Navigating a Lawsuit for Construction Defects
When one enlists a contractor to complete a construction project, the desired outcome is unfortunately not always what is delivered. Some defects may even put the owner in a worse position than before the project began. In such situations, the hiring party has the right to sue in order to recover damages for repairs and other costs associated with the error, as well as any injuries or decline in the property’s value that can be linked to the defect.
Before one pursues a lawsuit regarding a construction defect, it is important to understand what the law has to say regarding this particular issue. Discussing the case with an experienced Florida construction litigation attorney is the best way to determine whether the lawsuit is likely to be effective.
Here are some aspects of construction litigation law that are important to know before filing a lawsuit over one.
Patent vs. Latent Defects
When seeking to sue over a construction defect, one must first determine what kind of defect he or she is faced with. In its most basic form, a defect is either “patent” or “latent.” The former means a mistake is apparent immediately, such as faulty heating or electrical systems. These kinds of defects are understandably easier to link to a contract when suing over the matter. In order to be viable, a lawsuit must commence within the four-year statute of limitations set forth in Florida law.
On the other hand, latent defects may take several years to become apparent. These may come in the form of a cracking foundation, mold, dry rot, and even structural failure. Many of these issues are quite serious and can lead to a severe loss of value, injury or even death. To link issues discovered at a later date to an architect or contractor’s error, one must seek out construction experts to testify that the defect was caused by the defendant. That said, it is important to note that this must fall within the statute of repose, which in the state of Florida is 10 years from the contract’s completion.
Proving Fault in Court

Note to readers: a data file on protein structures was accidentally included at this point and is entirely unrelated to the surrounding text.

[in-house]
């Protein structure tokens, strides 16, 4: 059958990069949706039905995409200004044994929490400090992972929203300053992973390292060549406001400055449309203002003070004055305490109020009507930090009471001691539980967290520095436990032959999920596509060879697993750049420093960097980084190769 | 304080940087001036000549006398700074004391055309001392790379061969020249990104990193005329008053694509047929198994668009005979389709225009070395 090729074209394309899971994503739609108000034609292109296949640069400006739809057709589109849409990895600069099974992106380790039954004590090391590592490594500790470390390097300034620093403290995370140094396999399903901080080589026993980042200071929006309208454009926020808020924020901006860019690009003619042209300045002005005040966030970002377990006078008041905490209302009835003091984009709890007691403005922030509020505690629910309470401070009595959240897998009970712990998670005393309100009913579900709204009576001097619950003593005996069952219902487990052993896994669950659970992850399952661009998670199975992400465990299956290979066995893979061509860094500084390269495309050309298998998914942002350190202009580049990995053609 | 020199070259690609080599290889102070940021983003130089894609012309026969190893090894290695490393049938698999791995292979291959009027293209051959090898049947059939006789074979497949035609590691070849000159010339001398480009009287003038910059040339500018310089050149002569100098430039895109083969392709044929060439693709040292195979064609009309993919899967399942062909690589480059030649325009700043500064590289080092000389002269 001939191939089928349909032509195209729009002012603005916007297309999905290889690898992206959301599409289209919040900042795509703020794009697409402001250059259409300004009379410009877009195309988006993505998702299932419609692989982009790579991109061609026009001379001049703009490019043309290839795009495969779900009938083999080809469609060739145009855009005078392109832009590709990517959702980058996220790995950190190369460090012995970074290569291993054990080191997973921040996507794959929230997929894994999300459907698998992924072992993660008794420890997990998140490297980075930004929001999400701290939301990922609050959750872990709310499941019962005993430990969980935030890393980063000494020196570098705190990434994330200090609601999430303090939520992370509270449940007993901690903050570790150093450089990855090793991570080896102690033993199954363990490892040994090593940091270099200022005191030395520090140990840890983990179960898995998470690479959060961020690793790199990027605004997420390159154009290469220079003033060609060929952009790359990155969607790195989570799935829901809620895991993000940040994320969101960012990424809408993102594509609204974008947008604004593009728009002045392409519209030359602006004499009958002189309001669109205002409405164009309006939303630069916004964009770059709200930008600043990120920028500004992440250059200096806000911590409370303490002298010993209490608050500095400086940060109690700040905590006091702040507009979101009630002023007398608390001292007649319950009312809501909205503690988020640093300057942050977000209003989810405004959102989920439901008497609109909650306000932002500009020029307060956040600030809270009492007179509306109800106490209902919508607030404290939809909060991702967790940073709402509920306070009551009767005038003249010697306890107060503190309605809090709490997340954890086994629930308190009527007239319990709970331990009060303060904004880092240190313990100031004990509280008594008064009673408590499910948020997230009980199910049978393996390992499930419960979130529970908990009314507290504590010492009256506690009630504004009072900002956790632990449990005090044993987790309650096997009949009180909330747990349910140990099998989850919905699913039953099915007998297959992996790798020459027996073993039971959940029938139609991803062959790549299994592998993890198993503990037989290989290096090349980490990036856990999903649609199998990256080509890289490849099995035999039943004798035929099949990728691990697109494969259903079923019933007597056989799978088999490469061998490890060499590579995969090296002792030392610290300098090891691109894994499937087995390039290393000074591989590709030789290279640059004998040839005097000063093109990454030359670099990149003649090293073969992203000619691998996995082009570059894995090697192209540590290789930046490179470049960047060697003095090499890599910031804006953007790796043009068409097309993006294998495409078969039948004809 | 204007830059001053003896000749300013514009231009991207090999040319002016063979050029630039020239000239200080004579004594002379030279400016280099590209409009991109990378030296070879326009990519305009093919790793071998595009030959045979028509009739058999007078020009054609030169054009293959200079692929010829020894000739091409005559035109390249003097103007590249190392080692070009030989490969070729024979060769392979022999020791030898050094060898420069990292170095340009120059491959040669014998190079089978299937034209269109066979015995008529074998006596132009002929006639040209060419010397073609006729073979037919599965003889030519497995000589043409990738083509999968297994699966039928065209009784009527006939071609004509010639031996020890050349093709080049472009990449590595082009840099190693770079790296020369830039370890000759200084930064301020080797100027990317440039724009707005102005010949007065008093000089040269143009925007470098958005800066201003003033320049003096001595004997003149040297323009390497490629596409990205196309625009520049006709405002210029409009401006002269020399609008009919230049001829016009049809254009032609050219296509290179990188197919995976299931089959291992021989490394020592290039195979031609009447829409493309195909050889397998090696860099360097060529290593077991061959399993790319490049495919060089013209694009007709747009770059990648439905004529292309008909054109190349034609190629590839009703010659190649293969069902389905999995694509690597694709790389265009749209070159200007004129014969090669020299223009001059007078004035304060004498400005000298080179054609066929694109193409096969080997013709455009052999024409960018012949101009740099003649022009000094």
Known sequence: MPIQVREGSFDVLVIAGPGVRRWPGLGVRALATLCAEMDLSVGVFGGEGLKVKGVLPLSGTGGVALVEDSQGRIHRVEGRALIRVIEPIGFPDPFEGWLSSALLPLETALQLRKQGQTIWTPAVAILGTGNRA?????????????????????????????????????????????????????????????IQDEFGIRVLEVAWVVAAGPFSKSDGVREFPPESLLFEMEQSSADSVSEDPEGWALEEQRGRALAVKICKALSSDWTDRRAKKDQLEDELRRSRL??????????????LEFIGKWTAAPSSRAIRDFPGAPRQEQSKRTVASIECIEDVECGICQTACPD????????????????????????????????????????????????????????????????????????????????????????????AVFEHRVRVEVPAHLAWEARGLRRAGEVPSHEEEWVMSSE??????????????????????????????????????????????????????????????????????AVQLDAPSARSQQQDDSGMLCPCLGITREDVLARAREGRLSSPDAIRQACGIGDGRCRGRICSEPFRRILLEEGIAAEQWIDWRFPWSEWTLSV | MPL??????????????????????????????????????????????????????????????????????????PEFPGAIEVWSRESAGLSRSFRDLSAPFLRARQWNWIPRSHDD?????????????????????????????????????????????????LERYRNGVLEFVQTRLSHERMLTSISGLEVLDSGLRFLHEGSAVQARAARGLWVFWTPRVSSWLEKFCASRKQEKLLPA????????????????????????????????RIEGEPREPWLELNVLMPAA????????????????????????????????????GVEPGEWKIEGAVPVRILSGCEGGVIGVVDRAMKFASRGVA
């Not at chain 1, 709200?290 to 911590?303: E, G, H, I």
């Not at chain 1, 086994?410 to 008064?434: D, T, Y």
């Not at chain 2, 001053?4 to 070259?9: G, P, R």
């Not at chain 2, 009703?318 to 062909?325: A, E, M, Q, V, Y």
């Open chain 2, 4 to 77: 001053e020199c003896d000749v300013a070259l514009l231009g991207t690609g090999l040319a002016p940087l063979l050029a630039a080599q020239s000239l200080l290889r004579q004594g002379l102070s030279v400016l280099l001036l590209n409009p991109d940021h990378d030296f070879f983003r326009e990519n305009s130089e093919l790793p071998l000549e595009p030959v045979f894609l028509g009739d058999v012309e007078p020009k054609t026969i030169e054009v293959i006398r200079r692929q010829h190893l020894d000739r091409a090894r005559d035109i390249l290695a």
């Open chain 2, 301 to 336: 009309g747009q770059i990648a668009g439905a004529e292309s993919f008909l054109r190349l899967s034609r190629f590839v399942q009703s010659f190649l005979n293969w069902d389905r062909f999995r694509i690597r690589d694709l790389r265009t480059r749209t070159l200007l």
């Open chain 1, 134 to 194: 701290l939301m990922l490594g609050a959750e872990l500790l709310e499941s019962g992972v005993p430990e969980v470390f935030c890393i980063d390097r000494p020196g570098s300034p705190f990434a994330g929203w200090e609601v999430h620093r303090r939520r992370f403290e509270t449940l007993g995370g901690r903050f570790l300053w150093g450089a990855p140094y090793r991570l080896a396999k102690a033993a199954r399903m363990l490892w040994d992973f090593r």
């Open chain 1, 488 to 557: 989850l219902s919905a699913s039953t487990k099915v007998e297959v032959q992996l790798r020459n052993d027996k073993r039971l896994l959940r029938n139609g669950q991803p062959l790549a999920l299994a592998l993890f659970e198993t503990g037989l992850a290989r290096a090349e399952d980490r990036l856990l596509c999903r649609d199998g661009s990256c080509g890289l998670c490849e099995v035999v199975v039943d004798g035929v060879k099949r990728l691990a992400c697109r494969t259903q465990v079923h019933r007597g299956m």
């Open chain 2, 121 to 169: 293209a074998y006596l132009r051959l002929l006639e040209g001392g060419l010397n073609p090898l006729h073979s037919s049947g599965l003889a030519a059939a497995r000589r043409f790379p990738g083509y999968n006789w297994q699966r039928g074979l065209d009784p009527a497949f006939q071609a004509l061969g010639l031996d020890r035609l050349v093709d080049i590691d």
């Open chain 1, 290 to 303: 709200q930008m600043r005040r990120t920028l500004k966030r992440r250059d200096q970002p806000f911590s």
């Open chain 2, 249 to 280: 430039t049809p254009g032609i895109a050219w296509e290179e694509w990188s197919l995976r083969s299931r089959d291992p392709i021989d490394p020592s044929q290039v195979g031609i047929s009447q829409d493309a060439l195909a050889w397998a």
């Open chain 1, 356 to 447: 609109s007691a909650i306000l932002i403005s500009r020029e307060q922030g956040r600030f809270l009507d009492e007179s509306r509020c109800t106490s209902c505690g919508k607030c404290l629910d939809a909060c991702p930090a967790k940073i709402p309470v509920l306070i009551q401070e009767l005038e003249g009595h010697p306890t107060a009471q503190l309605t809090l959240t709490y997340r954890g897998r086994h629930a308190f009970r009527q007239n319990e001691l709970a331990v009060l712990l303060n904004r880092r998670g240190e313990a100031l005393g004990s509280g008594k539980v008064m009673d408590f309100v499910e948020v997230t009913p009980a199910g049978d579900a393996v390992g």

Once a defect has been identified, one will need to work with his or her attorney to draft a complaint that alleges one of the following:
- Negligence — If the contractor did not exhibit the standard level of skill, knowledge or care needed to prevent the defect
- Breach of warranty — If the defect is covered by a warranty, whether express or implied, which was not honored by the contractor
- Strict Liability — If the contractor delivered a product that renders the residence inhabitable
- Fraud — If the contractor misrepresented his or her plans for the design of the project, his or her credentials, or negligently misrepresented the company’s quality of work
A Solid Contract Can Make the Case
As with any business dispute, the best way to protect one’s interests is to have a thorough, enforceable contract from the beginning. Rather than attempting to prove negligence occurred, one could simply show a clause in the contract that addresses how the project was to be carried out, how defects would be handled, what the contractor is responsible for, and so on. The easier it is to prove a breach of contract occurred, the more likely one is to secure a judgment in their favor.
If a contractor is refusing to remedy a construction defect for which they are at fault, there are avenues for seeking retribution. To begin the process, contact a Florida construction litigation attorney at Kelley Kaplan & Eller to discuss the specifics of your case. Together, we can work toward a favorable outcome.